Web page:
I am not opposed to using cell phones. But it angers me that the U.S. government and national health agencies do not do a better job of warning people of the potential risks, especially to young children, whose brains absorb more radiation than adults and who, the President’s Cancer Panel acknowledges, “have ahead of them a lifetime of RF [radio frequency] and other radiation exposures and, therefore, special caution is prudent.”
Other nations have gone much further in alerting the public. The Israeli government, for example, has banned the marketing of cell phones to children and requires manufacturers to display the SAR on every cell phone. And in France, cell phones are not allowed in schools, and every cell phone is required to be sold with a headset.
Trying to effect change on this issue has not been easy. There are great obstacles, such as the love people have for their devices and people’s resistance to acknowledging the potential dangers. Many times I’ve wanted to give up my advocacy out of despair—such as when I see my own niece holding a cell phone against her head. But my fear that, without action, we will face a pandemic of brain cancer within the next 20 years prevents me from keeping silent.
Thankfully, I have the support of my rabbi, Steven Chester, who believes, “Anything that might be detrimental to one’s health, but might get buried…becomes a Jewish issue.” At his invitation, I addressed our congregation on the subject. Reciting the prayer from Mishkan T’filah—A Reform Siddur that had inspired me to take on this challenge brought me back full circle:
…When, to the last full measure of selfless devotion, we demonstrate our belief in the ultimate triumph of truth and righteousness,Then Your goodness enters our lives and we can begin to change the world.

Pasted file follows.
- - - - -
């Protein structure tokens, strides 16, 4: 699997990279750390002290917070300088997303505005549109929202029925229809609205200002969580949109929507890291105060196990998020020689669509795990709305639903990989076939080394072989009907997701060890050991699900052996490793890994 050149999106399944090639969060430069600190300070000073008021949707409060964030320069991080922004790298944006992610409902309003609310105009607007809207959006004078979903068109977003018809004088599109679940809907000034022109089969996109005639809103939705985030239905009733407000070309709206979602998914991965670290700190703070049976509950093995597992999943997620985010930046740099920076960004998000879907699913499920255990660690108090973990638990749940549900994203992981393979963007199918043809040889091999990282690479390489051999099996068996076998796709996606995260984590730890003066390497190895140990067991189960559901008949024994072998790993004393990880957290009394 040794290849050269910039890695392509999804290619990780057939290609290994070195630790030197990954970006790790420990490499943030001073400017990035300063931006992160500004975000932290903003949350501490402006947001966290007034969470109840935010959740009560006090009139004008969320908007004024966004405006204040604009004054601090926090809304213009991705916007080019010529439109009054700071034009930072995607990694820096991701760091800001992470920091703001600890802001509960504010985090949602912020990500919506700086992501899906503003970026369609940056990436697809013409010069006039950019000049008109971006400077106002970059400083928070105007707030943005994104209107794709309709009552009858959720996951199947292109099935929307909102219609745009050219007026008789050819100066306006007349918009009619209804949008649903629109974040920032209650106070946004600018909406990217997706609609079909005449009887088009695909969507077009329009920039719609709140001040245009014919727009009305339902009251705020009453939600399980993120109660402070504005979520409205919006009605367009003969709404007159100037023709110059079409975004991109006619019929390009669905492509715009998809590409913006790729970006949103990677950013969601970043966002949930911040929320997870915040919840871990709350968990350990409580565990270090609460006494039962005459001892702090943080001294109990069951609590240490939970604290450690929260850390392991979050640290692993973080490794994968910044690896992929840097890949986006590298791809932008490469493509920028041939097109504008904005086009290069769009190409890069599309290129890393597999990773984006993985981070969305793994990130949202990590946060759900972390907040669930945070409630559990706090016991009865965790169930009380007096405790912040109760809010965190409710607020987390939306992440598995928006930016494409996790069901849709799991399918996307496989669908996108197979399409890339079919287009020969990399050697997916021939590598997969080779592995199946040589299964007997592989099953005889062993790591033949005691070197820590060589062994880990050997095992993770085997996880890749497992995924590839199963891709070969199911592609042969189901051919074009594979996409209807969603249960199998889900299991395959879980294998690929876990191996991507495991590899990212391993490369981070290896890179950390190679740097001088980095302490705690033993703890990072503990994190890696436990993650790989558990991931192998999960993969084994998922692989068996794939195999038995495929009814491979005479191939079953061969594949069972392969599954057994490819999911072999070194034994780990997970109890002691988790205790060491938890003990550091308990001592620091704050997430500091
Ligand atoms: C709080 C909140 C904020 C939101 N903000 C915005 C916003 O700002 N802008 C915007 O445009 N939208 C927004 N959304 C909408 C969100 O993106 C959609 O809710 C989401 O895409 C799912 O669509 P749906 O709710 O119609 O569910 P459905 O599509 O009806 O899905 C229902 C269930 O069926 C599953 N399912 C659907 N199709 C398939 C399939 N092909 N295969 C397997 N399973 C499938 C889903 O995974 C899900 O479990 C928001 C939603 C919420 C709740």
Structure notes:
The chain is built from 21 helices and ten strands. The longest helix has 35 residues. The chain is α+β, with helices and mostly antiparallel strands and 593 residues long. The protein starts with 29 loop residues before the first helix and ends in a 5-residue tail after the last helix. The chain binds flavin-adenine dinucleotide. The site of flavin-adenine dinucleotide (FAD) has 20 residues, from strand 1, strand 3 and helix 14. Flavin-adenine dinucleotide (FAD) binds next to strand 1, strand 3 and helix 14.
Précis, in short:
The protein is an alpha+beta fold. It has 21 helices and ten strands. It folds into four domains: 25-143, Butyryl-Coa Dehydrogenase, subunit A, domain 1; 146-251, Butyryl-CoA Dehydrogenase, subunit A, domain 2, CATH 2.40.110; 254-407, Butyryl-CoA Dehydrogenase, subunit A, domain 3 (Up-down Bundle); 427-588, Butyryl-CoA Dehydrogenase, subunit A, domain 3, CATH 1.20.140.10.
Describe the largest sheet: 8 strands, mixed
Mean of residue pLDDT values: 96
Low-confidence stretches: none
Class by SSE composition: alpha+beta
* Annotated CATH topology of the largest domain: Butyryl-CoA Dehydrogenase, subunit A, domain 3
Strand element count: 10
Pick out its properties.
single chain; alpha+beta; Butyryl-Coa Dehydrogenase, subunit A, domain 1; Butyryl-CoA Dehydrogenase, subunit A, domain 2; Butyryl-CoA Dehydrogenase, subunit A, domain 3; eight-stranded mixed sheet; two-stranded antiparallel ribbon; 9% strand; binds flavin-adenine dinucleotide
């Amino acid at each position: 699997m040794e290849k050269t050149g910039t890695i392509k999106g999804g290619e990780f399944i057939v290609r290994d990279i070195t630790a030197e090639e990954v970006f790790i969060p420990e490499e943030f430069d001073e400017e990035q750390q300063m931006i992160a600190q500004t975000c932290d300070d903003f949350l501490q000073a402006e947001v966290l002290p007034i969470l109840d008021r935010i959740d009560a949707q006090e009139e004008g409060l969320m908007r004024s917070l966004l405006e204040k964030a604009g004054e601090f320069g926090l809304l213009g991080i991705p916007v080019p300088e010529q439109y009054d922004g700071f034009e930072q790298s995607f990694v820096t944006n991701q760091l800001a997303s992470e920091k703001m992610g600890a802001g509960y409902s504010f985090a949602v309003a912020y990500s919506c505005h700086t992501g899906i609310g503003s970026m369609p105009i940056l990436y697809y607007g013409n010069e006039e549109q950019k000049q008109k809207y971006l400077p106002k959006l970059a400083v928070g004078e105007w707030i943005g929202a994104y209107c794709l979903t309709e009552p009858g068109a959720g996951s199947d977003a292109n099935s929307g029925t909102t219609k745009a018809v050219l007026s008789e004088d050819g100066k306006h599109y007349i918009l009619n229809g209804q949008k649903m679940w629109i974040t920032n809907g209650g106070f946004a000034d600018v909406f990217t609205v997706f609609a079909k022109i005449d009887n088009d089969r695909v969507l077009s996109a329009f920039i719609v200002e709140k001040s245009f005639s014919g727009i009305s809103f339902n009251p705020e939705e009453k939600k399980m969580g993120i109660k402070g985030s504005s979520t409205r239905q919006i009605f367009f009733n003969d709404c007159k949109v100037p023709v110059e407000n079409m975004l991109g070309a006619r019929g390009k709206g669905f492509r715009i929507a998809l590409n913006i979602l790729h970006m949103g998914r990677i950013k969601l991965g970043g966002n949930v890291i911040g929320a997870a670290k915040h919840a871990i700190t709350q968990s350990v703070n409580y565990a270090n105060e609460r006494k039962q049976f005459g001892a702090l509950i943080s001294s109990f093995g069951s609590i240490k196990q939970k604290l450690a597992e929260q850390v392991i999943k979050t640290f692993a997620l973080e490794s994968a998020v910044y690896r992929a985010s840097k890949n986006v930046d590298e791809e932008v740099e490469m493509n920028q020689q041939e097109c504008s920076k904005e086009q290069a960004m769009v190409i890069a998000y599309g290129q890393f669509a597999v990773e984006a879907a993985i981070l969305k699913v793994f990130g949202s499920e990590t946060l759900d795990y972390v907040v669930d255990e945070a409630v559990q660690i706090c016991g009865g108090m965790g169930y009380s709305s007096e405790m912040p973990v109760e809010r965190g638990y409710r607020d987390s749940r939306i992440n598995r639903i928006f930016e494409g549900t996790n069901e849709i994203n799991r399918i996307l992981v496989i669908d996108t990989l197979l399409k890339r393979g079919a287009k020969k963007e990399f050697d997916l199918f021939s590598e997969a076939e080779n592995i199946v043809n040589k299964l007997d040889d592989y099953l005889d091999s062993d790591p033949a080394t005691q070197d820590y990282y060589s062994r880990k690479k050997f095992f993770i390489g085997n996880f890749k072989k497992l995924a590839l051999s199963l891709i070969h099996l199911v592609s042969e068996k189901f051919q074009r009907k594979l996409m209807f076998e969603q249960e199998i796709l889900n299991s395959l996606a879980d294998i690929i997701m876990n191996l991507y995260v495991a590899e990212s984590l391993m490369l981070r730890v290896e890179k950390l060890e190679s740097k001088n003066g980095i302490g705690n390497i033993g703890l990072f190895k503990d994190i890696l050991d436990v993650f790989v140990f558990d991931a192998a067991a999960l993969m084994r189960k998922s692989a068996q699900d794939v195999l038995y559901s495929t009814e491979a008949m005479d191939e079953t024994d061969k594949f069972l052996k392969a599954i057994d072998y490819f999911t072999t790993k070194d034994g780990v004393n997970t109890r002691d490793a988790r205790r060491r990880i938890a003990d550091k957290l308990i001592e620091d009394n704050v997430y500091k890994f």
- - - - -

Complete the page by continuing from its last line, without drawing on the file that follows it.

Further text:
Ellen Marks is a member of Temple Sinai in Oakland, California; a past president of Women of Temple Sinai and of the Sisterhood of Temple Israel in Stockton, California; co-founder with her son Zack of the California Brain Tumor Association; and lead author of the Cell Phone and Brain Cancer Legislative Briefing Book, which has been translated into eight languages, including Hebrew. She is also director of Government and Public Affairs for the Environmental Health Trust.
Ellen Marks' Recommended Cell Phone Precautions
Given the potential dangers of improper long-term cell phone use, the following steps can limit your radiation exposure:
- Read the fine-print advisories in your user guide.
- Use your cell phone less and a corded landline more often.
- Keep a cell phone in “on” mode away from your head or body.
- Do not sleep with a cell phone near your head (i.e., under your pillow or on a nightstand).
- Avoid cell phone use in elevators, moving vehicles and rural areas, as the weaker the signal the stronger the radiation emitted.
- Use a plastic tubed headset or speakerphone.
- Do not allow children to use a cell phone, except in an emergency.
- Text often (but not while driving).